The BC Teachers’ Federation just held its last Representative Assembly (RA) of the school year, remotely by conference call. Building on lessons learned from the remote Annual General Meeting (AGM) held just over a month ago, the RA considered many resolutions and it was a productive meeting. Issues were debated, motions amended, and union democracy advanced.
One of the motions considered was to insist that the employer provide teachers with PPE, including face shields and masks, and training to use them, in time for back to school this September. The motion was debated and discussed. There was genuine interest from the floor to work through the issues related to the motion. In the end, though, the motion was tabled.
This is a regular part of how to discuss complex and challenging issues in a union that represents over 43,000 members. It was a good and constructive conversation. Yes, I would of preferred to see the motion continue to work through amendments and to eventually pass. But that’s not the point. The point is that our elected representatives voted to table it instead. That takes us to this question: Now what?
First, the Executive Committee members who spoke on the matter were clear: PPE for teachers is a priority of the BCTF. Yesterday’s outcome does not change that.
Second, when an issue is complex or there are clearly conflicting points of view, sometimes the best thing to do is to step back and start listening. If a specific motion doesn’t reflect a majority of the deliberative body then you either rework it or you reach out to build support for it. That’s the democratic process – a process that works by building unity and widening support for the policies or priorities we agree to as a collective.
There is a need to make more space for discussing the implications of asking the employer to provide teachers with PPE, face shields, and face masks. Teachers, like all workers, have a right to safe workplace. During COVID-19 teachers are essential workers and schools are often treated as special facilities in public health orders. As essential workers who work in uniquely-regulated worksites, we have an even greater need for protection. Moreover, teachers work in close proximity to people of all ages, for long periods at a time, and in enclosed spaces.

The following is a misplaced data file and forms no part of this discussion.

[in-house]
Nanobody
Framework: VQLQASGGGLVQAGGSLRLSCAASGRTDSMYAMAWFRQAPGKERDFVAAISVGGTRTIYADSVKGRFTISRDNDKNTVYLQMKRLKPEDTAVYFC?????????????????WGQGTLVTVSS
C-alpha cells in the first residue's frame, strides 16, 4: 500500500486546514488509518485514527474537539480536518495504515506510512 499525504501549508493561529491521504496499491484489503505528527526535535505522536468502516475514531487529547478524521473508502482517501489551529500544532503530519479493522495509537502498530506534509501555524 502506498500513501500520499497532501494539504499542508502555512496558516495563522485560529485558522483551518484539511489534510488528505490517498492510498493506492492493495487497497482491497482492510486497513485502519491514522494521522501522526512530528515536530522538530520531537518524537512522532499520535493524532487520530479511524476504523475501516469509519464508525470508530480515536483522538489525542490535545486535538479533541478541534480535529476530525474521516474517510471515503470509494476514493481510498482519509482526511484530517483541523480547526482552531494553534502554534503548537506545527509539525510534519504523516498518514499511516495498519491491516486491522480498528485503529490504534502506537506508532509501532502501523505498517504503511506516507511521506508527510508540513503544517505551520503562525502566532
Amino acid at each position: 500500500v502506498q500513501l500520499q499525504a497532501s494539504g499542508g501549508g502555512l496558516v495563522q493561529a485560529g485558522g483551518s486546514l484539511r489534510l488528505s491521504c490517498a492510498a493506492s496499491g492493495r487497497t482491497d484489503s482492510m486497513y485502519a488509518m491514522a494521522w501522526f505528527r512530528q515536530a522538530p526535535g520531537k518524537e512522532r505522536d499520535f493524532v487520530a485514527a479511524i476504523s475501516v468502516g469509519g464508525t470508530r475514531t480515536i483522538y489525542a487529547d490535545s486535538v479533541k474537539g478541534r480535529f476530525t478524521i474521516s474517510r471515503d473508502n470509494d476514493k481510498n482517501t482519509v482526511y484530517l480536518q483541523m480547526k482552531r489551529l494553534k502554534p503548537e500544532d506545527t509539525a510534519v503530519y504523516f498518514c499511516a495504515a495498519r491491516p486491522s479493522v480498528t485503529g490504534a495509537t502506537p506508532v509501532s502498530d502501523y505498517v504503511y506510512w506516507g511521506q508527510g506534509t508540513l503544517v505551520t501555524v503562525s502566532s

Not everyone is prepared to (or can) wear a mask, or even a face shield. PPE is the least effective of all other measures (such as elimination, substitution, engineering controls, and administrative controls). But PPE is still useful for workers who cannot use certain other exposure control measures.
Teachers must often work in close proximity to students and adults. Teachers move around in their jobs (we rarely can sit behind a screen). And teachers work in unpredictable environments with many variables and changing conditions. We work with all developmental and age levels.
Given all of this, I think that advocating for the provision of PPE, including face shields and N95 respirator masks, makes sense for our union to do one our behalf. That’s my policy position. But there are other viewpoints as well. And the point of union democracy and engagement is to bring out all viewpoints and then to reach a decision together.
What I believe is most important is that we start these conversations now, that we widen the conversations to as many members as possible, and that we do so with compassion. It takes time and consideration to work through and develop good policy that works for the union membership as a whole.
I trust that the union’s leadership will continue to open up spaces for these discussions, reflect on new positions and levels of urgency as conditions change, and will look after the safety of all members as its top priority.
So let’s keep talking and listening to each other…